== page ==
From increase in the base price of food items, creating chaos and dispute during billing, increase of tip culture and an affect in the operating cost of the restaurants and employment — these will be some of the ramifications in the food and beverage sector if paying of service charge is made optional, say restaurateur. Eatery owners, who have their outlets in different parts of the nation, are in a fix since the Department of Consumer Affairs (DCA) issued a statement saying that customers dissatisfied with service at any hotel or restaurant can opt for the service charge not being levied as this is optional or discretionary.
Priyank Sukhija, who owns Lord of the Drinks, Tamasha, The Flying Saucer cafe and Warehouse cafe, told IANS: “Making service charge optional or discretionary will affect employment. Service charge is not a way for us to earn money, but it’s for staff welfare and motivation. Leaving it on customer discretion, in my opinion, is not right.
“The decision should have been clear enough in the way that either the government should have completely waived it off or make it mandatory. They could have been better way like may be reduction of service tax.”
The decision by DCA was taken in lieu of complaints received from consumers that many hotels and restaurants charged “service charge in the range of 5-20 per cent, in lieu of tips” and consumers were “forced to pay irrespective of the kind of service provided”.
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Varun Puri, owner of Imly, feels the step will lead to unnecessary chaos and disputes during the billing.
“Who is going to decide why guests shouldn’t be billed with service charge. This is also going to affect the operating cost for the restaurants. Earlier what the customers paid as service charge, will now fall upon the head of the company to increase staff’s salary,” Puri told IANS.
Bhuvnesh Bhalla, director of Delhi-based restaurant Aanch, said: “With the implication of this rule, our staff will ask for more hikes as this income was purely their incentive apart from their monthly income. As any waiter earns approximately Rs 3000-4000 through this service charge per month in addition to their monthly income, it will come onto the owners of restaurants.”
For Laurent Samandari, founder of L’Opera, one consequence could be an increase in the base prices at restaurants, to make up for the lost revenue.”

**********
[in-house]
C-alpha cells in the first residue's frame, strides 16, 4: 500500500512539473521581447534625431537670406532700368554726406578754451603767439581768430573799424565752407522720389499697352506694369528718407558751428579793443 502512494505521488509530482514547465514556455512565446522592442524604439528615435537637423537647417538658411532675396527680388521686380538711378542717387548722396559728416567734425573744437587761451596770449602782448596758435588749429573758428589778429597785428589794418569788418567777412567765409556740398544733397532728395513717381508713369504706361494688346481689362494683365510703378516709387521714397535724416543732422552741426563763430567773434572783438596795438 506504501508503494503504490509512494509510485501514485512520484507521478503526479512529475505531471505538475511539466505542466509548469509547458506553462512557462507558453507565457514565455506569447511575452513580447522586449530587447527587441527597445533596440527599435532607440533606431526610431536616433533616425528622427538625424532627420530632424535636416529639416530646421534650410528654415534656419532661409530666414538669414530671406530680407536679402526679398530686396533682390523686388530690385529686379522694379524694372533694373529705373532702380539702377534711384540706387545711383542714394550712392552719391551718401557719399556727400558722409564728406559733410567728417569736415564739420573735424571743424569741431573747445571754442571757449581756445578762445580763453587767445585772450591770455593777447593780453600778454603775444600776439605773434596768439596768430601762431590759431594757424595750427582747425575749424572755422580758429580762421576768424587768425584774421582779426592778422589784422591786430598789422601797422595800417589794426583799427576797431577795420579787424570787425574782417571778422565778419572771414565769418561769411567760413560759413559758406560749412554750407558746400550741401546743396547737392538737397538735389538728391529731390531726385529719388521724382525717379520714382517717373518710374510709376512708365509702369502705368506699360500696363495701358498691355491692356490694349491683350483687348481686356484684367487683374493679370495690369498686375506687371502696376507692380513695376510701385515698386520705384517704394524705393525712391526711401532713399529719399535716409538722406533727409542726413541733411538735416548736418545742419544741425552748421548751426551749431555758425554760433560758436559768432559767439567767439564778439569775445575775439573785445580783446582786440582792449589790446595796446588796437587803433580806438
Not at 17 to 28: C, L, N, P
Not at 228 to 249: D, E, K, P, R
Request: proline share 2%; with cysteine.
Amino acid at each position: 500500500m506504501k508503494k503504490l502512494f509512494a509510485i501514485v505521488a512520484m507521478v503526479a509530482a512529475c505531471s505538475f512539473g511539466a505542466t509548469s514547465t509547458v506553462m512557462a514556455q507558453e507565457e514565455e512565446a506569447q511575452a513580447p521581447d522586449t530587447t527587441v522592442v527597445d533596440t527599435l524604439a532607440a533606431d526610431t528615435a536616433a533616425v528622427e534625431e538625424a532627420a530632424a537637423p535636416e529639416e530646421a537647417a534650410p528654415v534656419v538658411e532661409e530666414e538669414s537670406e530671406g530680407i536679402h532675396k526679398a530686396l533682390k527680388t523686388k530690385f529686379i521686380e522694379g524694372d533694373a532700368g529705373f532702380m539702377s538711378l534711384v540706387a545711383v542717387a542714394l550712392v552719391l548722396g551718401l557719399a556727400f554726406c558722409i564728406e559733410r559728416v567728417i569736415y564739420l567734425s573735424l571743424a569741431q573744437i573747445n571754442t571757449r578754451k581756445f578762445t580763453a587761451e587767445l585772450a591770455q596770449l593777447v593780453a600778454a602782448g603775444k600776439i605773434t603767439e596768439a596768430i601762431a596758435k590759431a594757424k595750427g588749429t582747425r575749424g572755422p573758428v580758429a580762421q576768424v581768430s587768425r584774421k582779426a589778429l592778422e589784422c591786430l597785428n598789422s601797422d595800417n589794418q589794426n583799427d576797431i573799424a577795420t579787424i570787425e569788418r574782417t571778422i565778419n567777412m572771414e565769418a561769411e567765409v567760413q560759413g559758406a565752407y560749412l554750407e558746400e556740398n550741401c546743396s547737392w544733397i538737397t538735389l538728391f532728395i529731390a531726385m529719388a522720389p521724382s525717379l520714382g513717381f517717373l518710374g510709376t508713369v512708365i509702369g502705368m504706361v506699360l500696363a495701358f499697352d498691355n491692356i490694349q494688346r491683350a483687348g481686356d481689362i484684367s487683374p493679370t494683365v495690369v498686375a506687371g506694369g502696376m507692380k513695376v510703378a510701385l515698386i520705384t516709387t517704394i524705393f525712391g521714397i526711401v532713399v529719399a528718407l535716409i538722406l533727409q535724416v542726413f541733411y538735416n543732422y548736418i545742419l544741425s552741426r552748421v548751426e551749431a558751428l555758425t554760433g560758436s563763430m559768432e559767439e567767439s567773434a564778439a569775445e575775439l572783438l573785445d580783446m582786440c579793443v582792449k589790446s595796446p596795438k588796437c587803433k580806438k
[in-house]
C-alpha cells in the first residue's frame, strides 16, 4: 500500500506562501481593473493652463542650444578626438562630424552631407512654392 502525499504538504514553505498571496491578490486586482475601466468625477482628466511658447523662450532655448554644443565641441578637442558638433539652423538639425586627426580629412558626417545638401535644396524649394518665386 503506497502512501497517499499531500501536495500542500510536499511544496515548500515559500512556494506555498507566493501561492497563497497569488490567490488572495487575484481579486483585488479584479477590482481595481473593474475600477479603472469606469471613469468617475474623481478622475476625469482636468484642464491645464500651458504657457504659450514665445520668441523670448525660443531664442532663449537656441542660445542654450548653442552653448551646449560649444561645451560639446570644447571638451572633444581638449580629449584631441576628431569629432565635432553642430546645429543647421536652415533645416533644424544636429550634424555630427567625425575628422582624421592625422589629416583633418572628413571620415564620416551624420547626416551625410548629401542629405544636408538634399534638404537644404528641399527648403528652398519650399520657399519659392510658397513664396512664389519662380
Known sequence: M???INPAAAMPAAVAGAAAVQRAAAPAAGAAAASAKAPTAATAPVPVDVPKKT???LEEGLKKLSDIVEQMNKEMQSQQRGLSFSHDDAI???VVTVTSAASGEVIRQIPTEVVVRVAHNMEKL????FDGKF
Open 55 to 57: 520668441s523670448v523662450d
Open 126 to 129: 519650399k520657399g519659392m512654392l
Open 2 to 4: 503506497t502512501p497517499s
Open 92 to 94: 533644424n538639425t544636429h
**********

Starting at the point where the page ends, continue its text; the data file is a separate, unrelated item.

Some restaurant owners feels that the service charge used to “omit the iridescent behaviour of the server (staff) who would demand tips with their body language”, but now things won’t be same.
Prashant Khurana, executive Chef at Andrea’s Eatery, told IANS: “The service charge was also helpful for making up for restaurant breakages of crockery and glassware. Also, the most important thing was that the compulsory service charge has almost omitted the indecent behaviour of the server (staff) demanding the tip from a guest with his most inappropriate body language.”
The move could also have a positive effect. “This rule will bring in a little positive approach in the F&B industry as now every restaurant and hotel authorities will improvise on their services and quality, which will help them to get more customer footfall and revenue generation,” Ashish Massey, director, The Ancient Barbeque, told IANS. Inderjeet Banga, owner of Prankster and The Pirates of Grill, agreed.
“For restaurants and hotels who take guest satisfaction for granted, this is a big wake-up call. Also, if we see the long-term effect, this shall make better relations between service boys and guests on the floor. The others who don’t want to perform, have to perish,” Banga told IANS.
Umang Tewari, who owns The Junkyard Cafe, Garam Dharam, Vault Cafe and more under Big Fish Ventures, has already removed the service charge from all his restaurants as he does “not believe in over-burdening our consumers”. But there’s also Ajay Sharma, franchise owner of Playboy Cafe, who said: “As long as service charge is mentioned in our menu, it cannot be termed as unfair.”